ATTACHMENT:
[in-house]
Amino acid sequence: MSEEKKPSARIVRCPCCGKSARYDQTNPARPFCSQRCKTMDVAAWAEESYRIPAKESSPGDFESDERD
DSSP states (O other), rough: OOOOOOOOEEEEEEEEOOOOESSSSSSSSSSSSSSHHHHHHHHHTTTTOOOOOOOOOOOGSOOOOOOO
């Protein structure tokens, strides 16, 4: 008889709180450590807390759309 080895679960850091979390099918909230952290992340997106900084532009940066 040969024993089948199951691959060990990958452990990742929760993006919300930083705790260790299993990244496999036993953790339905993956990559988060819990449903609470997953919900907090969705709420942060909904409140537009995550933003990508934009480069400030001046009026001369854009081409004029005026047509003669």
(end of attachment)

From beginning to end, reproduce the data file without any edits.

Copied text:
[in-house]
Amino acid sequence: MSEEKKPSARIVRCPCCGKSARYDQTNPARPFCSQRCKTMDVAAWAEESYRIPAKESSPGDFESDERD
DSSP states (O other), rough: OOOOOOOOEEEEEEEEOOOOESSSSSSSSSSSSSSHHHHHHHHHTTTTOOOOOOOOOOOGSOOOOOOO
């Protein structure tokens, strides 16, 4: 008889709180450590807390759309 080895679960850091979390099918909230952290992340997106900084532009940066 040969024993089948199951691959060990990958452990990742929760993006919300930083705790260790299993990244496999036993953790339905993956990559988060819990449903609470997953919900907090969705709420942060909904409140537009995550933003990508934009480069400030001046009026001369854009081409004029005026047509003669």